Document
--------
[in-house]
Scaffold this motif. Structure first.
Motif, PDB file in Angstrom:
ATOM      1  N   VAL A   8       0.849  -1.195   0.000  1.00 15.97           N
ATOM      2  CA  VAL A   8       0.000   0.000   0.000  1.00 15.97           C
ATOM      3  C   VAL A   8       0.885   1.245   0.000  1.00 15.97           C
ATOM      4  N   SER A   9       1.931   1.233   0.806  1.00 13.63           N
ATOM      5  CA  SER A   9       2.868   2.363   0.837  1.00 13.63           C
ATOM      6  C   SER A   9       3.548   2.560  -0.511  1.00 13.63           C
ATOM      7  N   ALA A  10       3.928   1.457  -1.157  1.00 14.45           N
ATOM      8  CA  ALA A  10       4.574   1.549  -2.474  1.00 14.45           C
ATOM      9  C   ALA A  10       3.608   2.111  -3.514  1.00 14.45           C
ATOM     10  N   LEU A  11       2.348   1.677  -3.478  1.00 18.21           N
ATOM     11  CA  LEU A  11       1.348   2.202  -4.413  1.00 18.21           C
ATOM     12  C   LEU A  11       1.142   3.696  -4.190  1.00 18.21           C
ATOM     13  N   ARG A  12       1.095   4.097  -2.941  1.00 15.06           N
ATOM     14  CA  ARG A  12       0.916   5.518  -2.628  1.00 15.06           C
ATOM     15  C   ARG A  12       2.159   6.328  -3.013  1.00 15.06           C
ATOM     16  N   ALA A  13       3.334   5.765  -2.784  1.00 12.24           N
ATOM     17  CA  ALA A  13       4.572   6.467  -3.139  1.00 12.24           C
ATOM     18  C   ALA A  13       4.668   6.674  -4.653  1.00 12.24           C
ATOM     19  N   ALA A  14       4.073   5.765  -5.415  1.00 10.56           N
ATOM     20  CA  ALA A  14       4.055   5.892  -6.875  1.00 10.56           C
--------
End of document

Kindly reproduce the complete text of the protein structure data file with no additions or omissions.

[in-house]
Scaffold this motif. Structure first.
Motif, PDB file in Angstrom:
ATOM      1  N   VAL A   8       0.849  -1.195   0.000  1.00 15.97           N
ATOM      2  CA  VAL A   8       0.000   0.000   0.000  1.00 15.97           C
ATOM      3  C   VAL A   8       0.885   1.245   0.000  1.00 15.97           C
ATOM      4  N   SER A   9       1.931   1.233   0.806  1.00 13.63           N
ATOM      5  CA  SER A   9       2.868   2.363   0.837  1.00 13.63           C
ATOM      6  C   SER A   9       3.548   2.560  -0.511  1.00 13.63           C
ATOM      7  N   ALA A  10       3.928   1.457  -1.157  1.00 14.45           N
ATOM      8  CA  ALA A  10       4.574   1.549  -2.474  1.00 14.45           C
ATOM      9  C   ALA A  10       3.608   2.111  -3.514  1.00 14.45           C
ATOM     10  N   LEU A  11       2.348   1.677  -3.478  1.00 18.21           N
ATOM     11  CA  LEU A  11       1.348   2.202  -4.413  1.00 18.21           C
ATOM     12  C   LEU A  11       1.142   3.696  -4.190  1.00 18.21           C
ATOM     13  N   ARG A  12       1.095   4.097  -2.941  1.00 15.06           N
ATOM     14  CA  ARG A  12       0.916   5.518  -2.628  1.00 15.06           C
ATOM     15  C   ARG A  12       2.159   6.328  -3.013  1.00 15.06           C
ATOM     16  N   ALA A  13       3.334   5.765  -2.784  1.00 12.24           N
ATOM     17  CA  ALA A  13       4.572   6.467  -3.139  1.00 12.24           C
ATOM     18  C   ALA A  13       4.668   6.674  -4.653  1.00 12.24           C
ATOM     19  N   ALA A  14       4.073   5.765  -5.415  1.00 10.56           N
ATOM     20  CA  ALA A  14       4.055   5.892  -6.875  1.00 10.56           C